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Milton Friedman's pitch to the masses

Fifty years ago this week a stunned america was still groping from the greatest stock market crash in history. It had happened 80 days before. In 1980 historians are still debating the cause of the crash and the nearly 10- year depression that followed. Now comes eager, aggressive Nobel-prize laureate Milton Friedman (who has invented a whole new monetarist economic school of his own) to try to persuade us that the cause was fairly simple. It wasn't a failure of capitalism; it was a failure of government policy.

Mr. Friedman is launched on 10 TV shows, each an hour long, hailed by the conservative Reader's Digest and the Wall Street Journal. He is trying to sell his laissez-faire economics to the masses. He is attractive, and articulate, and engaged in a kind of long-range duel with John Kenneth Galbraith, who gave his own left-of-center interpretation of the same field in a TV series, in 13 parts, in 1977. Nearly everything Mr. Galbraith said Mr. Friedman contradicts. It's good fun and may stimulate debate.

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Mr. Friedman repeats views expressed before. Asked last August whether he thought the 1929 crash could reoccur, he said not likely. What caused it? He blamed it on an overly stringent central bank policy -- the government's fault. "The depression was produced by a monetary policy that permitted the money supply to fall by one-third between 1929 and 1933," he said. Whichever political party is in power, he continued, "the odds are minuscule that shortages of little bits of green paper [i.e. dollars] will again be the limiting factor" on business activity. Collapse of share prices in October, 1929, he said, was "only a small aspect" of why the depression was so severe.

Mr. Friedman's TV series started Jan. 11 accompanied by publication of his book, "Free to Choose," which covers substantially the same ground. It is an attack on centralized government and planning: a forceful conservative surge against Big Government. As the Reader's Digest put it, "renowned economist Milton Friedman shows us the path back to our heritage."

Economist Robert L. Heilbroner takes an opposite view. In a provocative article in the New Yorker ("Boom and Crash") of Aug. 28, 1978, he argued that we are in a new era. Old- fashioned capitalism almost automatically produced a slump, he says, at the end of one of its recurrent business cycles. But things have changed since 1929: now capitalism is apt to produce inflation rather than a crash, or maybe a concurrent recession and inflation, as now. Mr. Heilbroner lists several different kinds of capitalism in his analysis: "competitive capitalism" (1700 to 1875); "monopoly capitalism" (1875-1930); then we had "welfare capitalism" to the middle '70s. Now, according to his theory, the shortage of oil, government intervention, the rise in world population will produce a new kind of approach -- "planned capitalism."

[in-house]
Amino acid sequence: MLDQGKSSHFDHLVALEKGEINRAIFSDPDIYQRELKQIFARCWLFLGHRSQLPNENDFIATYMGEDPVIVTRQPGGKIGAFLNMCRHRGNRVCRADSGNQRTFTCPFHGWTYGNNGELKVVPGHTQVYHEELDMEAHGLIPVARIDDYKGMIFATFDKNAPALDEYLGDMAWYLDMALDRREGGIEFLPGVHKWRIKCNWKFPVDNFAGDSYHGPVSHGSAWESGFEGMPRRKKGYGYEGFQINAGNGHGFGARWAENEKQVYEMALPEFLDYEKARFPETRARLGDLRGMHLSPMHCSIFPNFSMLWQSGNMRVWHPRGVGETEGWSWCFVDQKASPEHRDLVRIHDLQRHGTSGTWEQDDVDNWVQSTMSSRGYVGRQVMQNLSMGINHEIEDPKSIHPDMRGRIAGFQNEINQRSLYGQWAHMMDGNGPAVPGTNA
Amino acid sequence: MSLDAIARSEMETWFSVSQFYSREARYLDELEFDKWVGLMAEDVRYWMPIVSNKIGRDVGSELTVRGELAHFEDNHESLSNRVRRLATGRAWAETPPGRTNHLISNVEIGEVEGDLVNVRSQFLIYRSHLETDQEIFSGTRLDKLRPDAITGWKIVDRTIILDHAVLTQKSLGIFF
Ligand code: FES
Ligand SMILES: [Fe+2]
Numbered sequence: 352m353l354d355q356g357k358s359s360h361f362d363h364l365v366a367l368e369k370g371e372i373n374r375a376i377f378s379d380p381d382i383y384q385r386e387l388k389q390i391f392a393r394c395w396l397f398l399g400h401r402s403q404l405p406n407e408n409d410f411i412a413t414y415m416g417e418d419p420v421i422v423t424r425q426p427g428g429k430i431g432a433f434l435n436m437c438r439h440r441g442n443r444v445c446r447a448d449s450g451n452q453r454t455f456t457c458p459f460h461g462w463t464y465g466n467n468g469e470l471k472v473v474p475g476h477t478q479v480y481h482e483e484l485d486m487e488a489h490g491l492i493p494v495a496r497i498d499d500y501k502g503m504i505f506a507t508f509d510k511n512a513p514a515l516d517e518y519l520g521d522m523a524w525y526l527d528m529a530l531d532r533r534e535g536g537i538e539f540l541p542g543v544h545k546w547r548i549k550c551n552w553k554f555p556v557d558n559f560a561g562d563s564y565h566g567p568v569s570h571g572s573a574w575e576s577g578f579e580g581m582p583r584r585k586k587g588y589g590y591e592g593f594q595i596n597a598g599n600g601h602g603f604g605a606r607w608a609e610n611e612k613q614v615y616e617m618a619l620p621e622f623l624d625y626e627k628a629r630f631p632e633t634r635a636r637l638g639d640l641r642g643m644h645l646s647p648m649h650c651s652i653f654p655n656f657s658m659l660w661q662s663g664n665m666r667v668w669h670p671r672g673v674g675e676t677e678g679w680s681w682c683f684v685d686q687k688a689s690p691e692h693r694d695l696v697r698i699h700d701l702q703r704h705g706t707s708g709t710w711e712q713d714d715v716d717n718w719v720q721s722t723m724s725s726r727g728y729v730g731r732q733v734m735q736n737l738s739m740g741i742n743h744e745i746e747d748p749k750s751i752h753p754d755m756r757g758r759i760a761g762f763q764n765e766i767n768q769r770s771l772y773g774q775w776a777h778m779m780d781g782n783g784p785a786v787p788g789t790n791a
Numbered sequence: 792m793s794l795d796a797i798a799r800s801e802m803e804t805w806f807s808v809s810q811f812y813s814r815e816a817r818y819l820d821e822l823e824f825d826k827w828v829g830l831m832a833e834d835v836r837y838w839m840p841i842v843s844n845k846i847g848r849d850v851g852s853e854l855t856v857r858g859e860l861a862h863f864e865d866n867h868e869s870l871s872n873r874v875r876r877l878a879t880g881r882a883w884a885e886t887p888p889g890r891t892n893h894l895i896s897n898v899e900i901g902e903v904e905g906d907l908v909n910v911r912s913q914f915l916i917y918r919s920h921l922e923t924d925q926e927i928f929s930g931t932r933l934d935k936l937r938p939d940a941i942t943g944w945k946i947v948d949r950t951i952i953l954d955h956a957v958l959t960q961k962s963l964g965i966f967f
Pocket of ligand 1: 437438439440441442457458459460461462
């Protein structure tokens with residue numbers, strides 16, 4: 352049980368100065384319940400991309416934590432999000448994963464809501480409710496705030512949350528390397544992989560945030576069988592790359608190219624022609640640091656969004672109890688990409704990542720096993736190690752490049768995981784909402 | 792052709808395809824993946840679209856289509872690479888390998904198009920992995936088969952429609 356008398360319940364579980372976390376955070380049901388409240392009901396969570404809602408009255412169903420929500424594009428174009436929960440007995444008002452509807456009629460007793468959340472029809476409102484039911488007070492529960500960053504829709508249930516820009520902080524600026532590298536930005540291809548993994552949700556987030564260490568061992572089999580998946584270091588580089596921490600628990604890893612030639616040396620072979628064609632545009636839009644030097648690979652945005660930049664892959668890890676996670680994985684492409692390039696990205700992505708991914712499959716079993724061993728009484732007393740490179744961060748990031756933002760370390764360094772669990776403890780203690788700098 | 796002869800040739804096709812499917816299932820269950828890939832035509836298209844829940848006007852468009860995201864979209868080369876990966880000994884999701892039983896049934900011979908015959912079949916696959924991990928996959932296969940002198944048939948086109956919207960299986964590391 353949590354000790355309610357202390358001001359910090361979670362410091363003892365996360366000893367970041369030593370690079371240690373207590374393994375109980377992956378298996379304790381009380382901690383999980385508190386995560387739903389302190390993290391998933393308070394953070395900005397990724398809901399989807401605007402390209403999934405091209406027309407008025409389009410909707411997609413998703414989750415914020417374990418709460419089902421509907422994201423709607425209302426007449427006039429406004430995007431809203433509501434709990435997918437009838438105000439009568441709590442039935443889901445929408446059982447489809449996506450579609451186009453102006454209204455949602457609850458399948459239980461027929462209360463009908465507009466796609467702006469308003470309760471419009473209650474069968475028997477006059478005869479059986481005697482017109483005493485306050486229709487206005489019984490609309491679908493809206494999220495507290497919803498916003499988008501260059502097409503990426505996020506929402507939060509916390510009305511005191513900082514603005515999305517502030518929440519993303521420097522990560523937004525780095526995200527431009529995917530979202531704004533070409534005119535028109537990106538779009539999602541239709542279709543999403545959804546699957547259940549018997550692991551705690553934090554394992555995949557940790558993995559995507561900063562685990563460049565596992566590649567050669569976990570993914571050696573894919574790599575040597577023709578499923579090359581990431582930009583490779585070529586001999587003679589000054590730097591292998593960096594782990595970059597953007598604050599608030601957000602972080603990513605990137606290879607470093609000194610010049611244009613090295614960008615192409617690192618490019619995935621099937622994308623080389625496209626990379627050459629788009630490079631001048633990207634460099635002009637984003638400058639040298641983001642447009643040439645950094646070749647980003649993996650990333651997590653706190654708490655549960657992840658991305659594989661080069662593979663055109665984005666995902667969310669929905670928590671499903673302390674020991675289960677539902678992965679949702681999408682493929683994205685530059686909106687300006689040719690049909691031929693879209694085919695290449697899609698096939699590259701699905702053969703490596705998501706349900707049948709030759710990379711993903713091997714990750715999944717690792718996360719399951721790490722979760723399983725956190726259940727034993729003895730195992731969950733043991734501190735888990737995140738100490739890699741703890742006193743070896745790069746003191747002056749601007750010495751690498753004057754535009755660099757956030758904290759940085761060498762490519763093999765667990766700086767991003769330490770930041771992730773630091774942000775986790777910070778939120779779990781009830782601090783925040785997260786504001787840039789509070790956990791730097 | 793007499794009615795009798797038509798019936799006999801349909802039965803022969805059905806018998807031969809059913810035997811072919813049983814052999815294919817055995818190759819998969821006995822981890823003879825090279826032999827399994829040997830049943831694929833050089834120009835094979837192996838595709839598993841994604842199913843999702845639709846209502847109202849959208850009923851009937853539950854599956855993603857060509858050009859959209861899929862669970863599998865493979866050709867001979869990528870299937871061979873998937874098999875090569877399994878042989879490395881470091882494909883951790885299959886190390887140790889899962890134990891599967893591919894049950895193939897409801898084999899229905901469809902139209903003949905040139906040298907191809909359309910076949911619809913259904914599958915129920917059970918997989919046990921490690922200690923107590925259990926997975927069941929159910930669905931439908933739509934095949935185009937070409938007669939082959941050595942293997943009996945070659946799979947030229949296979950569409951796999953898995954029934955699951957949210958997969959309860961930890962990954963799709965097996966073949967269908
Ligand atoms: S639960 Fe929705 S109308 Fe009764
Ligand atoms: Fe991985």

It is the idea of bureaucratic centralized planning from which Mr. Friedman recoils with loathing. Alfred Malabre summarizes Friedman's views in the Wall Street Journal: Government controls? -- get rid of them; the welfare system? -- scrap it; egalitarianism? -- it's dangerous; public education? -- overhaul it; consumer protection? -- don't trust Uncle Sam or Ralph Nader; worker protection? -- don't trust the unions; inflation? -- control the money supply. How do you sustain individual freedom? -- battle bureaucratic bloat!

Mr. Friedman starts straight off in his new series: he is in free enterprise Hong Kong and extols it. There's no eight-hour day for the chinese and little bureaucratic interference. He takes us nostalgically back to the old New York sweat shops: his mother worked in one, he says; sure they labored hard but it was the path of ambitious immigrants into the free- enterprising new world.

He is plain-spoken. The Associated Press notes that, "with characteristic bluntness," Mr. Friedman declared that government subsidies for the Public Broadcasting Service were a waste of money -- "I have strongly and for long been opposed to government subsidies for PBS." PBS distributes Mr. Friedman's series. Its production was subsidized by private foundations and corporations.

Startled interviewers asked how he felt about the government's partial grain embargo of Russia. He doesn't think it will work -- besides, it will weaken the "system of free markets that is our greatest source of strength."

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I wish Mr. Friedman success. Not that I agree with him (I don't) but because it is splendid to stir debate and to make these big issues lively.


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